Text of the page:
There were times during which I over complicated things in Photoshop especially with using the background eraser. Overtime I have learned that as I had shot each part separately, I could return to the original photo, layer from background, and use the eraser rather than background eraser. This ensured there were no half erased areas, which looked untidy on my working PSD (the clothing photo has evidence of some partially erased areas). The eraser was better than selection tool – delete, because the selection tool was leaving tatty edges in areas where the tone was similar with the background. Again I have improved this with the photo’s that I made this week by shooting the subject upon a white background. This meant the selection tool became an effective method of getting rid of the unwanted parts of the photo’s.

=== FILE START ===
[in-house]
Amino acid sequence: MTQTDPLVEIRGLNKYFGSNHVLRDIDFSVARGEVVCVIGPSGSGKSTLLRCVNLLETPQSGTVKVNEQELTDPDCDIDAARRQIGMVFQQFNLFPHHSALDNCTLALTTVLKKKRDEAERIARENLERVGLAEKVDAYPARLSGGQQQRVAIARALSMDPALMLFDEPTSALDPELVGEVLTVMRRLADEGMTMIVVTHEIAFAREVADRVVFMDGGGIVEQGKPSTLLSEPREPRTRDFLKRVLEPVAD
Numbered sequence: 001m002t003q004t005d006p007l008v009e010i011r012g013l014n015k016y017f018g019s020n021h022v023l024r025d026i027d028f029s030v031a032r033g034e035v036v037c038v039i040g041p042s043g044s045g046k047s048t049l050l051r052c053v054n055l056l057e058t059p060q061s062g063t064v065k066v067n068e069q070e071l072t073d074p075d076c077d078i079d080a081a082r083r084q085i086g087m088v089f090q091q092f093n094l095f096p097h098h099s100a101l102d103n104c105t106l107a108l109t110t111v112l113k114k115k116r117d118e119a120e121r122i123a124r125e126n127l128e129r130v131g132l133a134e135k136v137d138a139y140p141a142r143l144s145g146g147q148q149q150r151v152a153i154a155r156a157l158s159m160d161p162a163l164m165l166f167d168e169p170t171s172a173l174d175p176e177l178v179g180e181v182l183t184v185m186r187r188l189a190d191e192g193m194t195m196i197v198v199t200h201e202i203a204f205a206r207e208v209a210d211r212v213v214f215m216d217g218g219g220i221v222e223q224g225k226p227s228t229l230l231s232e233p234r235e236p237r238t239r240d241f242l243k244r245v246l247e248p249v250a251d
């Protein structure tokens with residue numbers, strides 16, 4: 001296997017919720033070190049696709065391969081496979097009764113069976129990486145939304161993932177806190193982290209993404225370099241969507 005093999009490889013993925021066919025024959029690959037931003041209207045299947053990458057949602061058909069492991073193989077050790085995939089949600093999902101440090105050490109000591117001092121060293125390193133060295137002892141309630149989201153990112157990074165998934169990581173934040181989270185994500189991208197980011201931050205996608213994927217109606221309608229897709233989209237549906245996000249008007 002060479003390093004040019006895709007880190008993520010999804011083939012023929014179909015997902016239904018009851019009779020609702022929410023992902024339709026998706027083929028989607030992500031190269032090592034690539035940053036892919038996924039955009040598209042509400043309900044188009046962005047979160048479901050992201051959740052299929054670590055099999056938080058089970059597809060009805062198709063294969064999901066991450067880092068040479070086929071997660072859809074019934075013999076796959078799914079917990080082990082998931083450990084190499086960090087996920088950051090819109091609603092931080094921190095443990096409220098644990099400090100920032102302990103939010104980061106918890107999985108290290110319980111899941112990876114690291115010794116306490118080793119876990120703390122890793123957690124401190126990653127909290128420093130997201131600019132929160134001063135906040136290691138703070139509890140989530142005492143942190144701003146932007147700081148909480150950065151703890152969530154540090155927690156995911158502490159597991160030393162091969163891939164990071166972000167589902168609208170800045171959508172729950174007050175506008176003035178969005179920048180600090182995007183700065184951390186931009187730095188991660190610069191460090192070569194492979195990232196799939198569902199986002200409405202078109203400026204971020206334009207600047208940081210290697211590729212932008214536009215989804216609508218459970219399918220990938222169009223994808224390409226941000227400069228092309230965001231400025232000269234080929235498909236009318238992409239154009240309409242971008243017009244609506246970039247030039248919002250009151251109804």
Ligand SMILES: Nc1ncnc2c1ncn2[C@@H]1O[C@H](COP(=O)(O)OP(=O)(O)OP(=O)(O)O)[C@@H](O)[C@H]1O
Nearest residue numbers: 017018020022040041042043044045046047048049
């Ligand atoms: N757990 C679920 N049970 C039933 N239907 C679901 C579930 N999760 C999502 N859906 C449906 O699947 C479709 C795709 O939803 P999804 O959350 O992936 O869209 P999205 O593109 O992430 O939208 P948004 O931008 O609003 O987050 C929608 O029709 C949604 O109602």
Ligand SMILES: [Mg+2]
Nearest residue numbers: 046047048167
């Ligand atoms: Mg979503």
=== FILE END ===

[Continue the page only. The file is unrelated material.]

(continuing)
On of the most tricky aspects has been lining up limbs so that they fit into the shape of the clothing, but I feel that I have got this right today by making use of the transform – warp/perspective tools.
Overall I am pleased with the result of this photo. I have achieved what I set out to achieve, showing the downward spiral of anorexia and change in body shape, but also I have managed to capture some emotion within the eye, as well as sadness I detect some fear as well. With the figure floating upon the tombstone in an ethereal manner, and the fading of the limbs, sinking into the clothing, then moving towards death becomes apparent.
When I create photography such as this I like to carry a message of hope, which comes in the form of the text which is found underneath the photo. Help is available, recovery is possible.